Why does having a multidimensional view of maths lead to more growth mindset thinking?
Teachers who endorsed multidimensional views of maths were more likely to engage in other practices that align with growth mindset messaging.
These teachers were more likely to:
• Use mixed ability grouping
• Create the norm that all can contribute
• Promote conceptual thinking (not just rote memorization)
• Focus praise and encouragement on process and strategy
• Give maths tasks that apply to multiple ability levels
• Teach students that the brain strengthens in response to challenge
• Help students see that mistakes are a normal and valuable part of learning
• Ask students to explain their thinking and to work through confusion or mistakes on their own
• Incorporate formative feedback
These practices signal that all students can be successful, despite prior ability, and they focus on students’ growth and learning instead of just the final grade. For example, teachers in these classrooms made explicit attempts to group students based on how they might contribute to the group’s collective mastery of mathematics concepts, sending the message that the contribution of all students was valuable.
Multiple methods of solving the same problem were also encouraged (e.g., “find 12 percent of the same number using different methods”), which legitimized different approaches to solving problems and meant that it wasn’t always the same students being publicly acknowledged for their work.
Feedback (praise) in these classrooms also tended to focus on the processes used, effort applied, and students’ ability to explain their thinking process, rather than on producing the correct answer or solving problems quickly. These teachers were also more likely to utilise formative assessments to help students understand what they had mastered and where to focus their efforts moving forward, and often allowed students to resubmit work or retake exams to improve scores, thus helping students focus on learning as a process.
What are the key takeaways?
An important takeaway from the study is that teachers’ mindsets and even their explicit use of growth mindset language were often not aligned with their actual classroom practices and did not lead to their students developing a growth mindset. In fact, teachers who explicitly endorsed a growth mindset often engaged in practices that implicitly contradicted this message and produced more fixed mindsets in their students.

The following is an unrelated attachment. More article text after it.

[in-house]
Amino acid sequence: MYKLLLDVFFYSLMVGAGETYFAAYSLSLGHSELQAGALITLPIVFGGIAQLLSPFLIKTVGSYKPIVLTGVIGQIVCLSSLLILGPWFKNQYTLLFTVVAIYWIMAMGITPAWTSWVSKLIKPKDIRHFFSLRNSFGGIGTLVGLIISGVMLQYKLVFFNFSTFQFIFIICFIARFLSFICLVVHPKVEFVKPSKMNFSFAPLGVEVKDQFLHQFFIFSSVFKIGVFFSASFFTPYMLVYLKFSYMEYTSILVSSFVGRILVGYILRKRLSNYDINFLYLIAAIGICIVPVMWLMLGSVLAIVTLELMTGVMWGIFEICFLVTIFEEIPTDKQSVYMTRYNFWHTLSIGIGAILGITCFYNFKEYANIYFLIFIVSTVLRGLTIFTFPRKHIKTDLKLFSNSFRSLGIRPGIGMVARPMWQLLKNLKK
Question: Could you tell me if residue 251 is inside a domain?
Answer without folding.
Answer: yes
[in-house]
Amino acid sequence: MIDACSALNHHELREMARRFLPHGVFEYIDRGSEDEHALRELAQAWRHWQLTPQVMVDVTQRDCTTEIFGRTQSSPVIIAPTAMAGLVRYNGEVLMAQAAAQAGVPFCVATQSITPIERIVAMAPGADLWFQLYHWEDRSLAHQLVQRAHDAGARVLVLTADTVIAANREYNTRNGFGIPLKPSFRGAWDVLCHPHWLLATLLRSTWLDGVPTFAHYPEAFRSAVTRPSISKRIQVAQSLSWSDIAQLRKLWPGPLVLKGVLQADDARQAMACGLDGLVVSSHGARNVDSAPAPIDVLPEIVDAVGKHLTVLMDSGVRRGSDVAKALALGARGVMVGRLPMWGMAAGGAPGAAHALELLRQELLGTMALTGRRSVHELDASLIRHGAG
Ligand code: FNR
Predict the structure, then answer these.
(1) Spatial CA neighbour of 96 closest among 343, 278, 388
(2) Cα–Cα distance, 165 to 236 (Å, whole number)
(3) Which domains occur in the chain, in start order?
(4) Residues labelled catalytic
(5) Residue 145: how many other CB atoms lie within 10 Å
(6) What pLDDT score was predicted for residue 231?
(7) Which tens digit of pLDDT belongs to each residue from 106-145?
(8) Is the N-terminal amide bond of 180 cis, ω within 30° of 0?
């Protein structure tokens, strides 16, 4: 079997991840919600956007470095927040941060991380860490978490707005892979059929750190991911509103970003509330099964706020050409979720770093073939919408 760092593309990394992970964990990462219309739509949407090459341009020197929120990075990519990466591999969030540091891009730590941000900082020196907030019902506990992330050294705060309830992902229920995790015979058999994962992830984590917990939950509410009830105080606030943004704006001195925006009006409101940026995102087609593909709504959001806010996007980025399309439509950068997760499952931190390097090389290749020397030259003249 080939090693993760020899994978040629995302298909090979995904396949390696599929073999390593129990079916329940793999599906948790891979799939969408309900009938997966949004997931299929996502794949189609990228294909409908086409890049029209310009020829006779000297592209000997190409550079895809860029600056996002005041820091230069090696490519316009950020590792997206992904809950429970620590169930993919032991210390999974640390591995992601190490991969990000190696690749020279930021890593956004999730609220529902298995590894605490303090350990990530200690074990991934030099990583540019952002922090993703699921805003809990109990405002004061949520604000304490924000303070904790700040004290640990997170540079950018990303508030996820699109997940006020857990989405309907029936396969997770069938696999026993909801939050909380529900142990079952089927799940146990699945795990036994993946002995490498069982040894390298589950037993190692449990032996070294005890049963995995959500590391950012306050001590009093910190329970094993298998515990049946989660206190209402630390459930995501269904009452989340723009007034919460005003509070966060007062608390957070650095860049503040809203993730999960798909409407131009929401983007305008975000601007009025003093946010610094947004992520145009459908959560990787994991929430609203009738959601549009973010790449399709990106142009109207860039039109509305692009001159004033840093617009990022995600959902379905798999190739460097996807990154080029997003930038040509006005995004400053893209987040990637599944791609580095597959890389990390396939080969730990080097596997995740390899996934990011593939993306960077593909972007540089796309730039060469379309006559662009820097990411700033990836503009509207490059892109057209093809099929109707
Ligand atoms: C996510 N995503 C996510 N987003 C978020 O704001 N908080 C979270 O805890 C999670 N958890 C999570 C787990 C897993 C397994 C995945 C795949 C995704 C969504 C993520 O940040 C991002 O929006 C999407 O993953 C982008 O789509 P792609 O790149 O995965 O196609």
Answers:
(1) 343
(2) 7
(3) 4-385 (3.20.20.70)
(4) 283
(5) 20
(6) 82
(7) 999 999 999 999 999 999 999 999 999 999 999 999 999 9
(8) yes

The importance of students having a growth mindset has become increasingly irrefutable, which has led to a tidal wave of interest among educators wanting to know how best to bring it to their students.
But research on what specific teaching practices support students in developing a growth mindset is still young. While it may seem disheartening to learn that many common practices like tracking are negatively impacting students’ belief in their abilities, this study also provides exciting insights and concrete steps teachers can take to design growth-mindset-promoting learning experiences.
Developing a growth mindset is a practice that we all – student and teacher alike – must learn to embrace as an on-going process. The more we continue to explore and practise having a growth mindset, the more resilient we, and our students, can become, even when entering contexts that may send us fixed mindset messages.
About this briefing
This Briefing is taken almost exclusively from a PERTS report. PERTS is an applied research centre at Stanford University, which partners with schools, colleges and other organisations to improve student motivation and achievement on a large scale. PERTS stands for the Project for Education Research That Scales. To learn more about growth mindset, see “Mindset Misconceptions: Trying Hard ≠ Growth Mindset” at https://medium.com/learning-mindset/mindset-misconceptions-trying-hard-growth-mindset-8ceb12a33636#.dydx6bnb4
1. This PERTS report can be found here: https://medium.com/learning-mindset/is-it-enough-for-teachers-to-have-a-growth-mindset-9093103d0f24#.4t454ruob
2. “There’s no limit: mathematics teaching for a growth mindset”, Kathy Liu Sun, May 2015, https://searchworks.stanford.edu/view/11059824